Euro 2012: The Big Round One Round-up, by Big Round Richard Pye

So the first round of games are over. Gone. No more. This tournament is slipping away from us desperately insatiable football fans, quicker than Greece is from the Eurozone.

Talking of Greece, how they came back from a goal and a man down with Giorgios Samaras on the pitch no-one will ever know. Someone needs to sit him down and have a real heart to heart with the poor hairy dope. “This football thing’s not really worked out, has it big man? Have you ever thought of running for Parliament?”

Their first opponents Poland will be kicking themselves (or just Wojciech Szczęsny perhaps) after throwing away a game in which they comfortably dominated the first period against woefully inept opposition. But for the grace of Szczęsny’s replacement, Przemysław Tyton, the co-hosts would have been facing down the barrel of defeat to the worst Greek team since… 2004.

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Why English fans didn’t take up their Euro 2012 ticket allocation

A lot has been spoken, written and tweeted about this week, as to how terrible Ukraine and Poland will be as an experience for fans, how racism, violence and – heaven forbid – high hotel prices have caused English football fans to stay away from this summer’s European Championships.
I have another theory: England are shit, and the fans – often credited with the collective intelligence and fickle memories of a bunch of hungry toddlers – simply haven’t forgotten this time.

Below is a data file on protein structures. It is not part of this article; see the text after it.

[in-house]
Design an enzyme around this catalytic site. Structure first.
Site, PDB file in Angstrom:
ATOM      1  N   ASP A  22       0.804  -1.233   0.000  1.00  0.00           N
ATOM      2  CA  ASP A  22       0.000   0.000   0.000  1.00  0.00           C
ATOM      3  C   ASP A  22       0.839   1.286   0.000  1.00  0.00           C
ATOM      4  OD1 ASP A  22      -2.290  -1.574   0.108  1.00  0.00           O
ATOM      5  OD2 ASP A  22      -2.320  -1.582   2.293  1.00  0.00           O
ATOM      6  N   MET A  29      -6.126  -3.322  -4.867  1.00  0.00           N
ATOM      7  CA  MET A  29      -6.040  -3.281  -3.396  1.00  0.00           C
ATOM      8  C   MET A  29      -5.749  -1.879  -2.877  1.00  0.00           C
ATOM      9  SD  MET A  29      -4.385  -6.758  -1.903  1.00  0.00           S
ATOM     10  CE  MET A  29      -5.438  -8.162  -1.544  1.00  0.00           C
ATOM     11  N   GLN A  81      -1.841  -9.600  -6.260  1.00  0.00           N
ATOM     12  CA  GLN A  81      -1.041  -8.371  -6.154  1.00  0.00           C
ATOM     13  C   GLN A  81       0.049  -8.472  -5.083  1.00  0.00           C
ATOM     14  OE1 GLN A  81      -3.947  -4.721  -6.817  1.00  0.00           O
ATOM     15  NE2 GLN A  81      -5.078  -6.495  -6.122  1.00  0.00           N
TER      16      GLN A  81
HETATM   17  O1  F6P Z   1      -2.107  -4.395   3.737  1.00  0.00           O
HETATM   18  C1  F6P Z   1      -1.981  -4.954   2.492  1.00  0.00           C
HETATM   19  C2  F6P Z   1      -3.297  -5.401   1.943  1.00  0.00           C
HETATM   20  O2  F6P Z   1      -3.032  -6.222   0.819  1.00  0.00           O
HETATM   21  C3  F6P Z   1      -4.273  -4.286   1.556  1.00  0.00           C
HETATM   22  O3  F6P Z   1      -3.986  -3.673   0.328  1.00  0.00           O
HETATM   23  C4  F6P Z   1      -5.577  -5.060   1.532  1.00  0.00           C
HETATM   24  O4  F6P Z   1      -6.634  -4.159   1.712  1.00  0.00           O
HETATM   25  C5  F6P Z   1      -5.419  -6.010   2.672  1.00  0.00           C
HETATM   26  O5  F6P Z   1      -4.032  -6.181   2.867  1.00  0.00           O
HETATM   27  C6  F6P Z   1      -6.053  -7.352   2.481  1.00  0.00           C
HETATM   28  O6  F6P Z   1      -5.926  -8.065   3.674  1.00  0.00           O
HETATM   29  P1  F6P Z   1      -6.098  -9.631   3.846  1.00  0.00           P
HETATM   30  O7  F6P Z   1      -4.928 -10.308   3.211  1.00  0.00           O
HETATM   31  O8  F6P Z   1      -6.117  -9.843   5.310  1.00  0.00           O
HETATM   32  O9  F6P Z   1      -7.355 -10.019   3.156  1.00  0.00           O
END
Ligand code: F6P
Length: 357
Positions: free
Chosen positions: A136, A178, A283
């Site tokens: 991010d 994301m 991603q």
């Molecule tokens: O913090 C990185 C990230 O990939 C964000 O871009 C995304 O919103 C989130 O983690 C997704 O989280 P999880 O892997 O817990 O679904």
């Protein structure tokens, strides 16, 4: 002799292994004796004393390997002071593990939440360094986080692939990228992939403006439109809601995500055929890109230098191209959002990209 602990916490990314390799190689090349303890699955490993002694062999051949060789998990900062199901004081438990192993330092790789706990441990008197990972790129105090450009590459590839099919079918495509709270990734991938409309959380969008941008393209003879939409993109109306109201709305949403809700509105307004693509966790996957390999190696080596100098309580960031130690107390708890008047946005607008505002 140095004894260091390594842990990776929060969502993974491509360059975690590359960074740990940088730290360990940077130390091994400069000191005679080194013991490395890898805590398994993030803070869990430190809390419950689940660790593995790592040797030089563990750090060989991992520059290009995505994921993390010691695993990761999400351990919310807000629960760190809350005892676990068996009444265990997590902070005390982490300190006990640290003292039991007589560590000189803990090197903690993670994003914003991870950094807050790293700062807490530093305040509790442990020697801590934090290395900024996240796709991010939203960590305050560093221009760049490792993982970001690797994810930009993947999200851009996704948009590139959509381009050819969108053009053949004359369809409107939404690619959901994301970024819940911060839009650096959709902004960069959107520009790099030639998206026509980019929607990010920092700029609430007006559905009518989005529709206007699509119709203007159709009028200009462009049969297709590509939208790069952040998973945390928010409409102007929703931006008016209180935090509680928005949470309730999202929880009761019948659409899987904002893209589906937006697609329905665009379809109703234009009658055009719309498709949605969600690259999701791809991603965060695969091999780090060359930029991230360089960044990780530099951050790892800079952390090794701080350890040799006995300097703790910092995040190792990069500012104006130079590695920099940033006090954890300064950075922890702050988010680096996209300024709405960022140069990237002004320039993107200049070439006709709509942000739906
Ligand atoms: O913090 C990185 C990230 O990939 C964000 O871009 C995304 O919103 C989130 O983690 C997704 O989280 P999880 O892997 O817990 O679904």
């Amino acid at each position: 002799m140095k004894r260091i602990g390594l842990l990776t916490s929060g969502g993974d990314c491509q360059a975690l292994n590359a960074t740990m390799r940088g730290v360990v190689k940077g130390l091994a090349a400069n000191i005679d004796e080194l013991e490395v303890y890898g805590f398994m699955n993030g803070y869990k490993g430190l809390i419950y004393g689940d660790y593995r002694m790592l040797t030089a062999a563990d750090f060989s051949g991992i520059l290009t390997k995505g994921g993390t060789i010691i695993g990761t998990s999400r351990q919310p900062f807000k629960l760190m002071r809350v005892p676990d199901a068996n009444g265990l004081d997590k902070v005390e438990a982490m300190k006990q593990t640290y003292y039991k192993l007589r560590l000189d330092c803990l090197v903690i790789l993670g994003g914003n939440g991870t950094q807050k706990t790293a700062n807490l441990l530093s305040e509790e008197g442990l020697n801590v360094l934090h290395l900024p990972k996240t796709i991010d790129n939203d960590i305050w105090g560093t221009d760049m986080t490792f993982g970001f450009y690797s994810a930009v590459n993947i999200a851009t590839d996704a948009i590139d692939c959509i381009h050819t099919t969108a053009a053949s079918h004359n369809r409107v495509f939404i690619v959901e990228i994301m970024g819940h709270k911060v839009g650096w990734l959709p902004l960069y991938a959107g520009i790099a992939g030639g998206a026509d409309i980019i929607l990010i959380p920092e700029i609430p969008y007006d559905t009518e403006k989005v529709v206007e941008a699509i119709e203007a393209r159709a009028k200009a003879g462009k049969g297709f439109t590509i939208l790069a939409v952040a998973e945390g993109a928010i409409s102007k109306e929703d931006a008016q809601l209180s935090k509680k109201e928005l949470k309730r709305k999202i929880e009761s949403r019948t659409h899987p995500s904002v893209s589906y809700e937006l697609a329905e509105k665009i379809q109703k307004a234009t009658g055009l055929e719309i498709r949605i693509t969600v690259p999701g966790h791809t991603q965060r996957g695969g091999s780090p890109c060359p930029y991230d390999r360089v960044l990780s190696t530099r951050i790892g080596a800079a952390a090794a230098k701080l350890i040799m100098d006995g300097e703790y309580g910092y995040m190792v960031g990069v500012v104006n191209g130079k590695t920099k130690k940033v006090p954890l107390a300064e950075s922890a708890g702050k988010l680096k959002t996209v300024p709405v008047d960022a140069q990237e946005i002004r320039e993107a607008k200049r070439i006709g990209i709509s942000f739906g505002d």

We’ve been shit since 1996 (when we weren’t shit, but we still lost). Just six years prior in 1990 came our high (when we were shit, then we weren’t shit, then we were just about shit again, but only at penalties), with some particularly shit years in ’92 and ’94.  Before that we were pretty shit all the way back to 1966. We had a particularly high level of shitness – even by our own high standards – in the ‘70s.

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Is this the biggest small step forward for English football?

In the run up to the European Championships and with the naming of a new manager and his squad dominating the news agenda, the FA have been quietly treading a route of reinvigoration. A path that will hopefully at long last, put paid to decades of underachievement.

This summer will see the completion of the FA’s new national football centre (NFC) at St George’s Park. Heralded as England’s answer to France’s famed Clairefontaine academy, there will now be a centre of excellence for our national game, not seen but desperately needed, since the demise of Lilleshall in 1999. As top clubs created their own academies to train young players, Lilleshall became redundant, with the task they performed so admirably in bringing through the likes of Joe Cole, Michael Owen and Scott Parker to name but a few, being taken in house by professional clubs. With the enormous resources of the Premier League era clubs, the training of top young players could scarcely be improved upon by a Lilleshall replacement and the NFC seems primed to address this, by investing far more time and resources, into the development of young, skilled English coaches.

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The Bhoys from Seville

by Paul Fisher